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Sunday, March 23, 2014


No thanks to mother nature! It barely got warm enough to work with the Drylok. Directions say at least 50,° so the minute it got that warm, I braved the raging wind and finished up. I guess I could say, "the difficult I do right away, and the impossible takes me six weeks and two days." The wind kept blowing grit all over the place, so I just kind of helped it blow to the part that was already done. That worked out pretty good.

Looking south
I am going to spend another day soon covering that gray area with a diluted mix of Drylok, though when I started doing that today, it seemed quite durable without the Drylok. Can't hurt though.*

One hard part of coating the tank that you probably hadn't thought about was the knee pads. Not possible to do it without them, but my 74 year old body (in a few months it will be) had a devil of a time getting them on and off. They're tight elastic bands that slide up the legs, which was doable in spite of my stiff hips, knees, etc. But then taking them off afterwards, when they were wet with sweat, and my legs seemed swollen, and my shoulders felt broken, was the biggest difficulty. And they weren't too tight, because sometimes they would work down and I'd have to pull them up. I used to have some that strapped on, but could never keep them in place and the straps cut into my legs bad. I'd like to say one more time with the pads and never again, but I think I'll coat the upper part of the big tank one of these days. It doesn't leak, but the concrete is eroding from wave action. It needs to be protected somehow. Remember a few years ago some friends came and helped me patch it, but that didn't adhere very well. The water level in that tank won't be low enough for me to attempt coating it until at least May.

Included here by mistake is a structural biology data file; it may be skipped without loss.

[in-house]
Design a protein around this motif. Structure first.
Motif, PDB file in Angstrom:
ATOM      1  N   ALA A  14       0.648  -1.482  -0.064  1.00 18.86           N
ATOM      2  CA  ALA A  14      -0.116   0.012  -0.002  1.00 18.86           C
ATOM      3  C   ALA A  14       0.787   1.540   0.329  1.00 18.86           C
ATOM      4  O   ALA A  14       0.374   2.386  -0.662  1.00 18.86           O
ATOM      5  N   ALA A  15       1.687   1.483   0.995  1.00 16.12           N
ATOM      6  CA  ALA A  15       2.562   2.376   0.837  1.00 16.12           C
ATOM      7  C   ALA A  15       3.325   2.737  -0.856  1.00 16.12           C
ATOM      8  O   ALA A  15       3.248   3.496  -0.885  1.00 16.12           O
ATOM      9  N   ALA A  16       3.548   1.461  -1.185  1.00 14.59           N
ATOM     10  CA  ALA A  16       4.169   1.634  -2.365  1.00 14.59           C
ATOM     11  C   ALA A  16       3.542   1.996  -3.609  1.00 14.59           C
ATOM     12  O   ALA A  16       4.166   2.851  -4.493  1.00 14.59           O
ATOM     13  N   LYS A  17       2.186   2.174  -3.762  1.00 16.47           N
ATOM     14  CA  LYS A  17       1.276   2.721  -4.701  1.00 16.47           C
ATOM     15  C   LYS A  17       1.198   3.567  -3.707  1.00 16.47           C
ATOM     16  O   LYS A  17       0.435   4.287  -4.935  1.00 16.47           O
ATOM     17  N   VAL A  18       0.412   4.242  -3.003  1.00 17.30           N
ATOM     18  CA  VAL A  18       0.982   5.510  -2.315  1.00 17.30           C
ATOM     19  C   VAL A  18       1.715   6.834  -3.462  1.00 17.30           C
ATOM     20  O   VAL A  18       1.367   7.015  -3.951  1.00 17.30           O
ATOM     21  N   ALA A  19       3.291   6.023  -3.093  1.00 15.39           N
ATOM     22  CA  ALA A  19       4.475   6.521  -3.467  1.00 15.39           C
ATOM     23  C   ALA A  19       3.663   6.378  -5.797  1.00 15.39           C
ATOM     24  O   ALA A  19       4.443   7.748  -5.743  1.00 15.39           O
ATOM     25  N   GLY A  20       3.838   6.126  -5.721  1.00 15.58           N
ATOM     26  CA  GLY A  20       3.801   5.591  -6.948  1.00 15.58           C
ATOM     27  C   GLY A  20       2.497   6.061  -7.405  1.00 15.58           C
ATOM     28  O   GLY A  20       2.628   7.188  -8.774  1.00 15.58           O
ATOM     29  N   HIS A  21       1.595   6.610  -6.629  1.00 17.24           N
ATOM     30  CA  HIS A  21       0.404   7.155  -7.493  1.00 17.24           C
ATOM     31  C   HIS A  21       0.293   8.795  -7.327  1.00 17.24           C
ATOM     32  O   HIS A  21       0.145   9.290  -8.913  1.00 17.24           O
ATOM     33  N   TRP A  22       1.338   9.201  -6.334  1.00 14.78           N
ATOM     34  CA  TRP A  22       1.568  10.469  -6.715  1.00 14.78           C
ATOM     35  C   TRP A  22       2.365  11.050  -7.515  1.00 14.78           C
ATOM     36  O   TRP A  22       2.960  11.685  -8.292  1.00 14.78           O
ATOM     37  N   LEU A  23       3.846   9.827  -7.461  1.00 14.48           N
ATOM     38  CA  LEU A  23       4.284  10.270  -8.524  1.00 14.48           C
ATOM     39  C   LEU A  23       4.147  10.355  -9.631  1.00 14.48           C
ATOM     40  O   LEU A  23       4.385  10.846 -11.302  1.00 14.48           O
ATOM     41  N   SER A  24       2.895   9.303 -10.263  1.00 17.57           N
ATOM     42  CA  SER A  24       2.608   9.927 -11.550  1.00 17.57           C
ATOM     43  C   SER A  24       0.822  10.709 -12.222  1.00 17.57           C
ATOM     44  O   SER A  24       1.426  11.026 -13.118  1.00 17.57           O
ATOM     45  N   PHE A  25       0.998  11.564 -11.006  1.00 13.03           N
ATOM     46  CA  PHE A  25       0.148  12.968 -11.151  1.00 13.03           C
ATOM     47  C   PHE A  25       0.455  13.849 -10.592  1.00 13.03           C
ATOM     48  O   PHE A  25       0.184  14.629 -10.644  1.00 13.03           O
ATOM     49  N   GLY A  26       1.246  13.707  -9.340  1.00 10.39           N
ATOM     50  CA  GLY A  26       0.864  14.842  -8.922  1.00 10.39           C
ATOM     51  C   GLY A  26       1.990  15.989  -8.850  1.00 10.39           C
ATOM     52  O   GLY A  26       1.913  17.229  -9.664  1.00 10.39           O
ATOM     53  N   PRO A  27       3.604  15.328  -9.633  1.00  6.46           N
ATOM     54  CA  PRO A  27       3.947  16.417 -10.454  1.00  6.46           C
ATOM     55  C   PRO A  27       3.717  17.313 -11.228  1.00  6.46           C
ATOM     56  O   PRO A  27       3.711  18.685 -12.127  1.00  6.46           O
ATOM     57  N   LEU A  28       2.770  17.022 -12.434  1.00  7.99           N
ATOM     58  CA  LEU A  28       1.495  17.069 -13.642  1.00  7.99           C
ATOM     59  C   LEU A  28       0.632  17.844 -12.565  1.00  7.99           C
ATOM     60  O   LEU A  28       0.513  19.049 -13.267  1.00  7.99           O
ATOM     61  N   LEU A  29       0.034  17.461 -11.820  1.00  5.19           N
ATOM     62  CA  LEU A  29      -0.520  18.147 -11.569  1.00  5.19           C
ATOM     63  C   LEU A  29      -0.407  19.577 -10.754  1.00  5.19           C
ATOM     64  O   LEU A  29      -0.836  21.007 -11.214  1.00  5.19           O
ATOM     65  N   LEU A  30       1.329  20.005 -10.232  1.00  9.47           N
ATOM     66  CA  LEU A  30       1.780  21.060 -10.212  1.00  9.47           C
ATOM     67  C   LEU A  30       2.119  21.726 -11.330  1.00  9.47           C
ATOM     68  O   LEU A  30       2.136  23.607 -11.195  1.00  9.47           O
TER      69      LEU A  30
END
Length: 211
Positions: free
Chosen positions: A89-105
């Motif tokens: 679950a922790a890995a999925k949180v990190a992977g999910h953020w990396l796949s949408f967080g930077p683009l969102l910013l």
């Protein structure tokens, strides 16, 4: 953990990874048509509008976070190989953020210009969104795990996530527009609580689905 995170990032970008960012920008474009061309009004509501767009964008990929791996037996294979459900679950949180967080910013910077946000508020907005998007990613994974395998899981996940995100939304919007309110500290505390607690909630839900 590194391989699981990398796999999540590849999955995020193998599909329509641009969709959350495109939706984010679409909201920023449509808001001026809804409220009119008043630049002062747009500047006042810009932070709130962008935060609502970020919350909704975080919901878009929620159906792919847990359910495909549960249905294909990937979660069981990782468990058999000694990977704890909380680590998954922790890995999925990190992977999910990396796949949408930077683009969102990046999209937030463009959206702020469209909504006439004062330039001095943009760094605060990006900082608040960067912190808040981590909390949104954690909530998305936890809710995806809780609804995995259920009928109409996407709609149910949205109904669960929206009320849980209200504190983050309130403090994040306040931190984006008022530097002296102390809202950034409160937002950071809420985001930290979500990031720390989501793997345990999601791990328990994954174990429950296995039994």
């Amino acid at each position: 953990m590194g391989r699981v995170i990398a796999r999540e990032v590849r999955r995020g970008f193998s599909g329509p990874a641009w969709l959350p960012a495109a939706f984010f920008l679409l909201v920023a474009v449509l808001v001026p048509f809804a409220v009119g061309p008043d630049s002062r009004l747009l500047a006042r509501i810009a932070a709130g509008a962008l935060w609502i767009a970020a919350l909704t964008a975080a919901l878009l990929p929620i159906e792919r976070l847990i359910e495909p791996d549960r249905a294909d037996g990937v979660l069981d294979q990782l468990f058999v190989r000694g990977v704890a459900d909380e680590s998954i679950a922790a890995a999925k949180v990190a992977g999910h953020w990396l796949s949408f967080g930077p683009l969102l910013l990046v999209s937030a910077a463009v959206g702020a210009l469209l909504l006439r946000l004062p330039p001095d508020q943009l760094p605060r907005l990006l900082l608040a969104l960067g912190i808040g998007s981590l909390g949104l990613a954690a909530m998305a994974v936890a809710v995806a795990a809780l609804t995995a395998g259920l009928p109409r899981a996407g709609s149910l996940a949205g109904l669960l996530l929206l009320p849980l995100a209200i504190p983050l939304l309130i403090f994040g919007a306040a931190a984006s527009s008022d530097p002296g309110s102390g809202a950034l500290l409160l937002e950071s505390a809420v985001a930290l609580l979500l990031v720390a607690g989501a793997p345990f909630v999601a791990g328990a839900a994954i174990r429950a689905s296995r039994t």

Meanwhile, next time I come back to the oasis, I'm going to start that rock and concrete diversion  curb. I realize water coming down the arroyo that the tank is built into is probably getting under the tank, as well. Gonna have to do something about that eventually. I think I'll concrete a wider spillway. That should help. And on my list is fixing those two bad places on the road.

Not getting out in this hurricane to take wildlife pictures today. Tomorrow we'll be banding. Maybe I'll get some shots of that.

 Interesting side-note: Yesterday when I was cleaning the very last few uncoated square feet of the tank in preparation for finishing today (an area I KNEW didn't leak), I found an old patch of something rubbery, that flaked off as I was cleaning. Underneath was a round hole about the size of a silver dollar (think bathtub drain here). That floor was, I thought, heavily reinforced and 4 inches think. Had I just patched the tank, like I did every year, and not coated the whole thing, I would never have discovered that hole. The reason the tank didn't leak when the water level was low had to have been because there's a void between the tank and bedrock that holds water when the tank is low. And when I pump water, some of that undoubtedly seeps back up through that hole. I've seen that happen in the walls before, so I know it happens. BUT, when the tank's water level is high, the void beneath overflows up and around the sides of the tank. So had I not persevered to the very end, I would have been whining that I patched that tank so good, how could it be leaking (like I did last year)? The only way it could leak this year is if something caves in where there's a hollow behind it. But that has never happened, so I don't think it will.


  1. Fantastic!!! So glad for you to be finished. You really show the younger generation that doesn't know what hard work is that you can do what you set your mind to do. Can't wait to be back down there.

    Marlin and Connie Andrus

    1. Things are looking good. What doesn't kill me makes me stronger. It's always amazing what human determination can do, even my own. Hope you make it back this spring.

  2. Hip, hip, hooray & congratulations to a job well done!


  3. Thanks, but I won't consider it a job well done until the tank fills with water and doesn't leak. Keep your fingers crossed. It's such a huge tank and it only takes one weak spot to cause a major leak. It still bothers me that water can get under the tank from 3 sides. I'm going to divert the west side, but the two spillways will be more problematic. But I might be over-worrying. Even before I coated and patched it, it held a lot of water for a long time, so we'll just have to wait and see.